It’s been our observation that Luna relies on touch to offset some of the effects of being deaf. She prefers to be touching a human most of the time, but when sleeping she really wants to have part of her on top of part of you – presumably so that you cannot slip away without waking her. When she gets anxious because of a situation in which she doesn’t know what’s expected of her, she defaults to trying to maximize body contact with her people.

So I would suggest being open to the idea that your boy may want more physical contact than he used to.

I get on the floor with him often, but it still seems like he doesn’t want to play. He has a couple puzzle toys that he uses but it doesn’t seem like he’s enjoying himself. He’s walking well outside, not quite a straight line but pretty good. Inside he’s still learning to navigate but doing ok. I can’t imagine literally being in the dark for ten hrs while we are at work. Gotta be a miserable life, no wonder he seems depressed. But I shouldn’t be putting human type emotions on a dog.

My friend’s dog has gone completely blind. Despite two kids in her household constantly moving things around, the dog gets around fine indoors. My neighbor also had a dog that was going both deaf and blind as he aged but he could still find his way around his unfenced yard with his sense of smell and residual vision right up until he died. Both dogs lived seemingly happy lives during their blindness. They don’t read or watch TV, so I suspect that dogs lose less when they lose their vision than people do. Good luck.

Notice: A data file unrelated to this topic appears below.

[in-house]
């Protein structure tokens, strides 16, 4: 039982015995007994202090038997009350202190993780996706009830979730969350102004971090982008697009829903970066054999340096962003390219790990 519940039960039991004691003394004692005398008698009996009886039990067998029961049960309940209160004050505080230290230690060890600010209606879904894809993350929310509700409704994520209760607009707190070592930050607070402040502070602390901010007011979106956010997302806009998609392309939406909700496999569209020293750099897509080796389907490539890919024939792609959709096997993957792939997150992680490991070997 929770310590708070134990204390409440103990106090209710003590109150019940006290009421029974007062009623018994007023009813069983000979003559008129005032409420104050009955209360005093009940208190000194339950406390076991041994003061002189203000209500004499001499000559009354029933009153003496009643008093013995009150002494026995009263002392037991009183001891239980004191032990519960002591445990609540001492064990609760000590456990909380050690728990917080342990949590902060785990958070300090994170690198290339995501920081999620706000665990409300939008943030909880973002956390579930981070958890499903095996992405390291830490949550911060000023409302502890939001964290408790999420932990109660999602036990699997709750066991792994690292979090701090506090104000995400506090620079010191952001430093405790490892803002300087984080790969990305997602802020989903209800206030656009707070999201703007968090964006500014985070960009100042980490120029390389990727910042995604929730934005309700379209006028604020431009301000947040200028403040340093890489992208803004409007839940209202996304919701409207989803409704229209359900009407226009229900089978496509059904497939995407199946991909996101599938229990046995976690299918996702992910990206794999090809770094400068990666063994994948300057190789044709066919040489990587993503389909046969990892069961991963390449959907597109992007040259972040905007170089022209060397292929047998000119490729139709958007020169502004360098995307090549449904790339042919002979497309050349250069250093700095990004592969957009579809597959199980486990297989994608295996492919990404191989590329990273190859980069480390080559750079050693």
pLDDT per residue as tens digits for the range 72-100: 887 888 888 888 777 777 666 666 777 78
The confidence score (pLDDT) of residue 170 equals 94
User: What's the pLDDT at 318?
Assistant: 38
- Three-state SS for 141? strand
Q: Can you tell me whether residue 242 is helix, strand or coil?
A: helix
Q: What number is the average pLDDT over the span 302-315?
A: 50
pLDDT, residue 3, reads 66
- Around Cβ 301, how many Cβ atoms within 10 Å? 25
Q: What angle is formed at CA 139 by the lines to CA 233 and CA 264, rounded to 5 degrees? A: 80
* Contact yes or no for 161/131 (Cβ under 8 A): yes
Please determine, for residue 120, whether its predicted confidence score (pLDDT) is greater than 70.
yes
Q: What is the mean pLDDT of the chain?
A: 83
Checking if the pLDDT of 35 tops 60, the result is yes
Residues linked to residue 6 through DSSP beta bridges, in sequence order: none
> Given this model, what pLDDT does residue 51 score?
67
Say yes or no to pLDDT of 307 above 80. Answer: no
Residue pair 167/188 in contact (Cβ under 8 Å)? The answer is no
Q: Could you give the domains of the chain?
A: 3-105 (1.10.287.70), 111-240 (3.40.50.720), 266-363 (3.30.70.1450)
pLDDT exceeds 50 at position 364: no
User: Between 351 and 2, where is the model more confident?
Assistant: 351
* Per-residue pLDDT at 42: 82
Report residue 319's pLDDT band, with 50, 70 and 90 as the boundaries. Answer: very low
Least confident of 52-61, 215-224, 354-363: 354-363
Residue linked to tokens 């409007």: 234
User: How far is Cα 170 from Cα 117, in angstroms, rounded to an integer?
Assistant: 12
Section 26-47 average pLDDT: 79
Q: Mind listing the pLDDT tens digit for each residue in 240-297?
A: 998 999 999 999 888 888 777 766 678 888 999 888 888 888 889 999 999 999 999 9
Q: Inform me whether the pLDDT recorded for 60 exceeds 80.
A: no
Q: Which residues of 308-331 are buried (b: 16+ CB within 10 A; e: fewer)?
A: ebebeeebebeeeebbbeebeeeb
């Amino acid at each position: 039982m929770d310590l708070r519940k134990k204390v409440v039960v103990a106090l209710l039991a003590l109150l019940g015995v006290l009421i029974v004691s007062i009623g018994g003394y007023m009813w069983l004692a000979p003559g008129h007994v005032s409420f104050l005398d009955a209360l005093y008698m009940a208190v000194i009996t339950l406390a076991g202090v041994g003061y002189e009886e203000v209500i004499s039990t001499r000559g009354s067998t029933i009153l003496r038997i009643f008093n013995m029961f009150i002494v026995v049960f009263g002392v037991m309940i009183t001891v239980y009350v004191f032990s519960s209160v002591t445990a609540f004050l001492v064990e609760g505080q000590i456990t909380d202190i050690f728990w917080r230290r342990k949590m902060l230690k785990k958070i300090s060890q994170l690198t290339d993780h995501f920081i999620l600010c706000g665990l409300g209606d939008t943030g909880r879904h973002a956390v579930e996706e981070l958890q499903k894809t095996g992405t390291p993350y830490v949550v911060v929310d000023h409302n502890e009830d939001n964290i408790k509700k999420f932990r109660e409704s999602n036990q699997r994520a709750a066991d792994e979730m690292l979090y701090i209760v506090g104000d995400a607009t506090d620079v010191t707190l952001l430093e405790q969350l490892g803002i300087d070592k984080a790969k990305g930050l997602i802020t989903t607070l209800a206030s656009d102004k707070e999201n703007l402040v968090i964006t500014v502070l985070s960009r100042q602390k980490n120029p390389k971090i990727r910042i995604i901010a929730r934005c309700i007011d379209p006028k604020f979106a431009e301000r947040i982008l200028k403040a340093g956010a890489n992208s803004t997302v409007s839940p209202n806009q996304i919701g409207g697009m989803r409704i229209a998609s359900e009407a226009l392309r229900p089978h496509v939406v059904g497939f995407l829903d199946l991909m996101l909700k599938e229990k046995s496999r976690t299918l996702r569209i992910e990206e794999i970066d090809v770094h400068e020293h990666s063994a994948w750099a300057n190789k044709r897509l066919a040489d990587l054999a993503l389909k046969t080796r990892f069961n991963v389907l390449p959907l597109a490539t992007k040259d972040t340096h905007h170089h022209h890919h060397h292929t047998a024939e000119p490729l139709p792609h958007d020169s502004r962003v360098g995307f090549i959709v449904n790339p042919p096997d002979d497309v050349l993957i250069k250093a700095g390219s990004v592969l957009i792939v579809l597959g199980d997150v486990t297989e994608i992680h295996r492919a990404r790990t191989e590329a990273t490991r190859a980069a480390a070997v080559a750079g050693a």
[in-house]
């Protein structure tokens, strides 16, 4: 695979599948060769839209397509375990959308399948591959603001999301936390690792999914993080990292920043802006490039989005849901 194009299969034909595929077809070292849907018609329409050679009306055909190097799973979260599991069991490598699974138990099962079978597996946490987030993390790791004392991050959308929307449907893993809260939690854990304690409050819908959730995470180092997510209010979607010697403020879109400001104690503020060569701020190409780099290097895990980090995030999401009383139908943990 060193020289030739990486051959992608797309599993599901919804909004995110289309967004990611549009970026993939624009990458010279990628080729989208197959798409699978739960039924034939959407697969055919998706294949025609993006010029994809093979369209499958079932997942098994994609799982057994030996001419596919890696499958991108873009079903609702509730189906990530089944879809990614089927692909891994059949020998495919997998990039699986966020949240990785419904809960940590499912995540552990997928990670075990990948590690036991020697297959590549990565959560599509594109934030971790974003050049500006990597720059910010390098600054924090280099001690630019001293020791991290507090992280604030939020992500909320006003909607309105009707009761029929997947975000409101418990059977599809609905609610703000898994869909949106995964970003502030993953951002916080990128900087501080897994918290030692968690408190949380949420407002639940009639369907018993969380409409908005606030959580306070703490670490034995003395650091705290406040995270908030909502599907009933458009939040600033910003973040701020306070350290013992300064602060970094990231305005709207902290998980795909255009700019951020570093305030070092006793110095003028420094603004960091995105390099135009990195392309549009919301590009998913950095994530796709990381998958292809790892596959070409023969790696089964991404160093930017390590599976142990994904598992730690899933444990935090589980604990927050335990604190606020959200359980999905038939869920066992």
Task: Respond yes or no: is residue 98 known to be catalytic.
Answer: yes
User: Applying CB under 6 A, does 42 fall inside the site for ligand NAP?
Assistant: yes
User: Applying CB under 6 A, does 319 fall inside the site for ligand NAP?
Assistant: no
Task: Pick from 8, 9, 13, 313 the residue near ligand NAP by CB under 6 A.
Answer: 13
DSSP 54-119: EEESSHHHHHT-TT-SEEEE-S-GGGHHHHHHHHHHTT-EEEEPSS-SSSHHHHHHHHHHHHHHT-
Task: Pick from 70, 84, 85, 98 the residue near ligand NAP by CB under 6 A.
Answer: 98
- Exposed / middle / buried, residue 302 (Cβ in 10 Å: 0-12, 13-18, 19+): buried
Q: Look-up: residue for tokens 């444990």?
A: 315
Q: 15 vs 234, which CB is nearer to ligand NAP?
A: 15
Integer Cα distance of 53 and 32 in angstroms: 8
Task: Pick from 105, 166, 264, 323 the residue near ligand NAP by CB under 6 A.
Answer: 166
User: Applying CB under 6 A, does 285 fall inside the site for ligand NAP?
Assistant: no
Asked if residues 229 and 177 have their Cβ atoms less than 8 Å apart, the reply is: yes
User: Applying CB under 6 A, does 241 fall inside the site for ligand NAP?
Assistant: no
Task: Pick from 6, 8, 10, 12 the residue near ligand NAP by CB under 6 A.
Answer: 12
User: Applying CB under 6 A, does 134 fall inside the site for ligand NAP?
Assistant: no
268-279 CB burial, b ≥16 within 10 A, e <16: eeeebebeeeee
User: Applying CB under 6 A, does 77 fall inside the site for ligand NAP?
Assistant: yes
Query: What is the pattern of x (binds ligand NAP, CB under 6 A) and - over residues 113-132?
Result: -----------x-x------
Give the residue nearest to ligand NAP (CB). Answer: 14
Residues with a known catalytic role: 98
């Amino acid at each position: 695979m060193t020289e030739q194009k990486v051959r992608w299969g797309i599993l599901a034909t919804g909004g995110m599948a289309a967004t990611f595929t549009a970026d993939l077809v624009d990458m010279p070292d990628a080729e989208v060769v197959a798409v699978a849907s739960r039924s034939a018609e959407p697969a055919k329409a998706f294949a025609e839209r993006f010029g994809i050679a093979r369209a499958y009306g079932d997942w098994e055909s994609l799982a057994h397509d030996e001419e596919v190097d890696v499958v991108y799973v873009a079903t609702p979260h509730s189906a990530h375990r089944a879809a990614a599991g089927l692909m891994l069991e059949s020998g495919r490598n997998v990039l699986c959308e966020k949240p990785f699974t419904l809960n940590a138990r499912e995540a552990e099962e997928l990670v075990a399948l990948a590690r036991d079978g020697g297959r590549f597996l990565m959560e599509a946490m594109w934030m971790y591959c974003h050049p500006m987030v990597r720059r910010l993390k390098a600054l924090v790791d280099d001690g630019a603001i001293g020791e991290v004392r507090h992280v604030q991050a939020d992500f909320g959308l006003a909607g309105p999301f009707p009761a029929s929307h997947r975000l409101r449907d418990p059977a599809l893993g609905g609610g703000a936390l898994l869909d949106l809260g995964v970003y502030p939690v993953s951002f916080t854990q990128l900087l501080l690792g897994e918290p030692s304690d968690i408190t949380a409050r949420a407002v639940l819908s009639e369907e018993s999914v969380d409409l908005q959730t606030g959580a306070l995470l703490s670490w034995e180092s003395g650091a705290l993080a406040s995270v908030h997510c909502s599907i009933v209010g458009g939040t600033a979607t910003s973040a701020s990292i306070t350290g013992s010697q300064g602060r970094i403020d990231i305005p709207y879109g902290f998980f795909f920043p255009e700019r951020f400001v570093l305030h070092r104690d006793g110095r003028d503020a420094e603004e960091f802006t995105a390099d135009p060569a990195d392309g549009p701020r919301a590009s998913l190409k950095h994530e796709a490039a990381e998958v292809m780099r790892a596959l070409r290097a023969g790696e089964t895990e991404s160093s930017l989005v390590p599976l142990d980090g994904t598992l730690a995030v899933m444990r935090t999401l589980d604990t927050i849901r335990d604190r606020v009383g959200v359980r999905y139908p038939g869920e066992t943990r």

Why not? If we didn’t have evidence of dog emotions, we shouldn’t assume either that dog’s emotions are alike or different than ours. Instead we have pretty good evidence of dog emotions, including brain scans and behavior, that seem to indicate their emotions are similar to ours.

Dogs’ brains respond similarly to human brains in response to emotional stimulus:

Dogs recognize both dogs’ and humans’ emotions:

Rundown of dog emotion studies:

We don’t always interpret dogs’ emotions correctly though. When we yell at dogs because they did something bad, they “act” guilty (that is, they appear to be acting guilty to us), but they will do so even when they aren’t guilty. Some interpret this as dogs having no guilt or shame, but I think that’s overinterpreting the data. All we know is that dogs will act guilty if we treat them like they are guilty.

Our oldest dog sometimes seems depressed by his physical limitations. I give him a couple Trazadones (prescribed by our vet) and the blues fade away.

Just wanted to stop in and let you know that we lost him this evening. Fever came back, eyes went very bloodshot, heart murmur, aching body. He just couldn’t do it anymore. We are obviously saddened but it was for the best. Thank you all for your support and suggestions.

I am so sorry, diggerwam. I saw his picture just this evening and what a cutie. At least he’s beyond suffering, now. I need a Kleenex.

Oh, wow - so sorry to hear this.

I’m so sorry.


Oh no! I was just reading the thread and was going to chime in with something encouraging. :frowning:

Damn, I’m so sorry. They leave such a hole behind when they go …

I am so sorry to hear this. I’ve been wondering how he was. Condolences to you and tenacious j

Ah, dogs. :frowning:

So sorry.

Dogs do read human emotions. I get to hear this question most often that do dogs understand the language and emotions? of course yes. At least for your dog, the atmosphere and surroundings should be kept cheerful and happy because our dog never understands why you are angry or in tears. The key to a healthy life is to stay happy and cheerful; if not for you, for your dog. Watch a video at

Our dog went blind. It wasn’t a major hindrance (indeed, we didn’t realize it until we took her to the vet). Dogs depend strongly on their sense of smell, so they can usually make their way around that way.

You may have to restrict them, though. They could get in trouble running outdoors without a leash. Our dog died because she fell into the creek behind our house and drowned. :frowning: